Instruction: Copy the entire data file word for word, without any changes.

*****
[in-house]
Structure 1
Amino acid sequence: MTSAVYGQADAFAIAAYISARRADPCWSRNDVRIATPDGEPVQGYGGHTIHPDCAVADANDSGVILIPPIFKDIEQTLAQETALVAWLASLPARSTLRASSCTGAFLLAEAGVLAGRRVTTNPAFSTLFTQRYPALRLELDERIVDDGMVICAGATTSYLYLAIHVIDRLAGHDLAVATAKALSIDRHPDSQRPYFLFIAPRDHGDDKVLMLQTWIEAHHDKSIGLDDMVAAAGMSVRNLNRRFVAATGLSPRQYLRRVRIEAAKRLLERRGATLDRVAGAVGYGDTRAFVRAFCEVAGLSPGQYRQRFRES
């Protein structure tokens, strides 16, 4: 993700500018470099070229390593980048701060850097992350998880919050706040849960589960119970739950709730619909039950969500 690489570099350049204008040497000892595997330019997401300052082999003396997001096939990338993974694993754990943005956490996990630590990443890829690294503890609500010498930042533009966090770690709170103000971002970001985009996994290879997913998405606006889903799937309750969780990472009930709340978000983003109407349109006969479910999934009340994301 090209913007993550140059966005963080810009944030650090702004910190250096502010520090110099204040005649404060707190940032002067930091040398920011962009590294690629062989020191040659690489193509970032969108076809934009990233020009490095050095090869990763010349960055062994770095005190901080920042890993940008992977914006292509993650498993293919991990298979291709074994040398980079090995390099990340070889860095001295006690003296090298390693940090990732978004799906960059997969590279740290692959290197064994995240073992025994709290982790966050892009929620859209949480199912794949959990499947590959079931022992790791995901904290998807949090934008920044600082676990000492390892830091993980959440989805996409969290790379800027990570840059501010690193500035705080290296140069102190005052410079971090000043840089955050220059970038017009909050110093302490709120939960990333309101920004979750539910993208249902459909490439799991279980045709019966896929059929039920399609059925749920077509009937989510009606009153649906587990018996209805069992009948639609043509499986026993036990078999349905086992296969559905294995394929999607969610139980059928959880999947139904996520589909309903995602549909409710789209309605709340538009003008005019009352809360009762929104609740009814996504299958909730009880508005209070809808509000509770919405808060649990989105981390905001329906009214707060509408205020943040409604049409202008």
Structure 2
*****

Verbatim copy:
[in-house]
Structure 1
Amino acid sequence: MTSAVYGQADAFAIAAYISARRADPCWSRNDVRIATPDGEPVQGYGGHTIHPDCAVADANDSGVILIPPIFKDIEQTLAQETALVAWLASLPARSTLRASSCTGAFLLAEAGVLAGRRVTTNPAFSTLFTQRYPALRLELDERIVDDGMVICAGATTSYLYLAIHVIDRLAGHDLAVATAKALSIDRHPDSQRPYFLFIAPRDHGDDKVLMLQTWIEAHHDKSIGLDDMVAAAGMSVRNLNRRFVAATGLSPRQYLRRVRIEAAKRLLERRGATLDRVAGAVGYGDTRAFVRAFCEVAGLSPGQYRQRFRES
């Protein structure tokens, strides 16, 4: 993700500018470099070229390593980048701060850097992350998880919050706040849960589960119970739950709730619909039950969500 690489570099350049204008040497000892595997330019997401300052082999003396997001096939990338993974694993754990943005956490996990630590990443890829690294503890609500010498930042533009966090770690709170103000971002970001985009996994290879997913998405606006889903799937309750969780990472009930709340978000983003109407349109006969479910999934009340994301 090209913007993550140059966005963080810009944030650090702004910190250096502010520090110099204040005649404060707190940032002067930091040398920011962009590294690629062989020191040659690489193509970032969108076809934009990233020009490095050095090869990763010349960055062994770095005190901080920042890993940008992977914006292509993650498993293919991990298979291709074994040398980079090995390099990340070889860095001295006690003296090298390693940090990732978004799906960059997969590279740290692959290197064994995240073992025994709290982790966050892009929620859209949480199912794949959990499947590959079931022992790791995901904290998807949090934008920044600082676990000492390892830091993980959440989805996409969290790379800027990570840059501010690193500035705080290296140069102190005052410079971090000043840089955050220059970038017009909050110093302490709120939960990333309101920004979750539910993208249902459909490439799991279980045709019966896929059929039920399609059925749920077509009937989510009606009153649906587990018996209805069992009948639609043509499986026993036990078999349905086992296969559905294995394929999607969610139980059928959880999947139904996520589909309903995602549909409710789209309605709340538009003008005019009352809360009762929104609740009814996504299958909730009880508005209070809808509000509770919405808060649990989105981390905001329906009214707060509408205020943040409604049409202008």
Structure 2